You can model objects (logos, products, and what-nots), build out scenes, texture and light away in 3ds Max just fine. Now when it’s time to animate, Cinema 4D has tools to make things move the way you want easily and quickly. In many cases, you can achieve similar effects in 3ds Max but it might take more steps and, therefore, more time. This all, of course, depends on the level of finish and how much time your project needs to be turned around in. But mind you, many graphics departments of TV stations, particularly those broadcasting sports, have got by using 3ds Max for decades.

Community and support. A quick lookup shows that Reddit’s community for 3ds Max has 31K members. This is a similar number to Houdini’s 33.2K members as of writing. There are also scores upon scores of tutorial videos on Youtube, Vimeo, and the Autodesk Knowledge Network, which are more than enough for beginners in motion graphics to find their footing with 3ds Max is well supported.  You can also try it out using free credits on our 3ds max render farm.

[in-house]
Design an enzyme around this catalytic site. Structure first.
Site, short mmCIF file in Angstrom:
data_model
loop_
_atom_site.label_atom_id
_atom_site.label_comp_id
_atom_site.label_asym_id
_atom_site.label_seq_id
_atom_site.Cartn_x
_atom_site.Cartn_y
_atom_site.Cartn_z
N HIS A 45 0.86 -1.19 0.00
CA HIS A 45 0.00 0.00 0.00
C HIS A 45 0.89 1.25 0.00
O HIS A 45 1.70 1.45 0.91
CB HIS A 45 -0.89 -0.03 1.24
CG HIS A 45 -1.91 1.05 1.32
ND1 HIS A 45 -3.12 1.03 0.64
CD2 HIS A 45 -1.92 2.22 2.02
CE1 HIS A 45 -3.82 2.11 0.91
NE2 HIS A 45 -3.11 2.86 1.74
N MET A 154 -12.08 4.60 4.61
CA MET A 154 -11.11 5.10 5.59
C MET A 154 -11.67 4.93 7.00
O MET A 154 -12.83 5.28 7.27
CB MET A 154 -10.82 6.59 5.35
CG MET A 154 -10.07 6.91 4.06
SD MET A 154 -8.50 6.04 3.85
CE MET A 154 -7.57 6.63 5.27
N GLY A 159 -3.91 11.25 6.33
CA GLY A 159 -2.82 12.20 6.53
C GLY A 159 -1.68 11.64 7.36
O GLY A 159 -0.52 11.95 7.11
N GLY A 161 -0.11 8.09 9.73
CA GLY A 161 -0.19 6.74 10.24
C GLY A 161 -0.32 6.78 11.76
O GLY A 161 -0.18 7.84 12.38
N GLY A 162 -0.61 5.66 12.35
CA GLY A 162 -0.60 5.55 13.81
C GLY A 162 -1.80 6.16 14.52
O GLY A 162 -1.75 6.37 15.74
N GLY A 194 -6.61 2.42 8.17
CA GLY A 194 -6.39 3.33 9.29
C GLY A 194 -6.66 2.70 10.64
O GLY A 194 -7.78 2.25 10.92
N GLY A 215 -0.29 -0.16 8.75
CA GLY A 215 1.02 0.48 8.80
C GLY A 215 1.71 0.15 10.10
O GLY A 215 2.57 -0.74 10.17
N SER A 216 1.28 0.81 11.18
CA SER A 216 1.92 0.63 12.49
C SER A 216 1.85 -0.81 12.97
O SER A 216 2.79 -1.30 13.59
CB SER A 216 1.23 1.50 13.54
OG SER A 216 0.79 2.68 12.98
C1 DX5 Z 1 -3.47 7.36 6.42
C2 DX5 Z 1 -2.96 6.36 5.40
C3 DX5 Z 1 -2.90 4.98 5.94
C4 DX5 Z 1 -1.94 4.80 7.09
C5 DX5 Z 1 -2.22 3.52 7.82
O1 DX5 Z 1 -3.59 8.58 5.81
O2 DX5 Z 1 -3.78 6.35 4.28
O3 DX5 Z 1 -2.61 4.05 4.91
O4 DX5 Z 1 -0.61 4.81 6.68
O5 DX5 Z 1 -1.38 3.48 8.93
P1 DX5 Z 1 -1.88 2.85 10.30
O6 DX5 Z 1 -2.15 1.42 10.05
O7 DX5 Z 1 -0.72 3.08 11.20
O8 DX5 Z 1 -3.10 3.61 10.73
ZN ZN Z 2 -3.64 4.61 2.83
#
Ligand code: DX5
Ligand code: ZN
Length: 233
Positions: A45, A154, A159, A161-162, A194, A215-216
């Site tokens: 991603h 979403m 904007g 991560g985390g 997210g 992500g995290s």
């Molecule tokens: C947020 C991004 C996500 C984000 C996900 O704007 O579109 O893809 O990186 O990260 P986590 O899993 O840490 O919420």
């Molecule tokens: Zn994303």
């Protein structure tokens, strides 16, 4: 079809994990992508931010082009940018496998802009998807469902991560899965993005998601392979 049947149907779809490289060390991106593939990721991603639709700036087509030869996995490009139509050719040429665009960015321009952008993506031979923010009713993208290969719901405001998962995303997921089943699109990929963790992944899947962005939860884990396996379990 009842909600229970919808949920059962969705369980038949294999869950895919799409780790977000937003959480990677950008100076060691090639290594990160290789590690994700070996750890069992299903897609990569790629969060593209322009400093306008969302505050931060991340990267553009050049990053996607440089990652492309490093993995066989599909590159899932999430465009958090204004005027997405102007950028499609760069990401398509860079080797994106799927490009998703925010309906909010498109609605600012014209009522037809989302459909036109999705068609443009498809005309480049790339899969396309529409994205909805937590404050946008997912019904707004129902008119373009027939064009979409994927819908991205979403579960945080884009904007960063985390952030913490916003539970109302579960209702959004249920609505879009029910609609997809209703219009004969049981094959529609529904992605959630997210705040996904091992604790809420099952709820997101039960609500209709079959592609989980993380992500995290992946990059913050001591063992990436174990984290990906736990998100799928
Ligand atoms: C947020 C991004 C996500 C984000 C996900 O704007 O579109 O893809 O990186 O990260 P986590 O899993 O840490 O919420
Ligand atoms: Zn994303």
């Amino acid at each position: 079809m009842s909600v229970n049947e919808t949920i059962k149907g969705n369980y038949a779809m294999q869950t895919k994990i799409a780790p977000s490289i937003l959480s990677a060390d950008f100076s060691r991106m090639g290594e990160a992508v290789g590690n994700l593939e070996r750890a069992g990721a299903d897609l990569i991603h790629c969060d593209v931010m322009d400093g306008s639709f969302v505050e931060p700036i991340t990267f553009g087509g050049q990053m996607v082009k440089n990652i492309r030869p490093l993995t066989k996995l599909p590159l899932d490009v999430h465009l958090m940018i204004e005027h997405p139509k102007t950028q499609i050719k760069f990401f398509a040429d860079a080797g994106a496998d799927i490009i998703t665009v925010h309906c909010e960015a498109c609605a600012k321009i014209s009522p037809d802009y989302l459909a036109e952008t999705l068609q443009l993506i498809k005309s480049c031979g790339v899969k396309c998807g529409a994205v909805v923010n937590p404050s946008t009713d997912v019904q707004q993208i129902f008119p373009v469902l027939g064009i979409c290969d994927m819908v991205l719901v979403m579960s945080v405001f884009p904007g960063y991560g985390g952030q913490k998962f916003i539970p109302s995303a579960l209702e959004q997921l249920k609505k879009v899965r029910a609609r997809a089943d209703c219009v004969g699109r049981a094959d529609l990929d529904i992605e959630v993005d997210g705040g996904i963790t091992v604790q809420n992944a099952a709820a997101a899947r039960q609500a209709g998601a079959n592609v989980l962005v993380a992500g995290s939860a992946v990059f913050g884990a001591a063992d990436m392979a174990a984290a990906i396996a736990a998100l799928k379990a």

Final words

So, these are some alternatives to Cinema 4D you can turn to. I guess this is the best time now to drop the mother of all caveats that often applies every time one is comparing software — what is confusing and messy for one may be intuitive and streamlined for another. It’s always a bit tricky to compare software because it’s never apples to apples. 

So, it’s best to take comparison articles, including this one, with a grain of salt. At the end (and it’s time for another 3D industry platitude), it’s never truly about the tool; it’s about the artist. Pick one, dive deep, and get good. 

To help you with getting good, you can learn more about Cinema 4D, Blender, and 3ds Max over at our blog.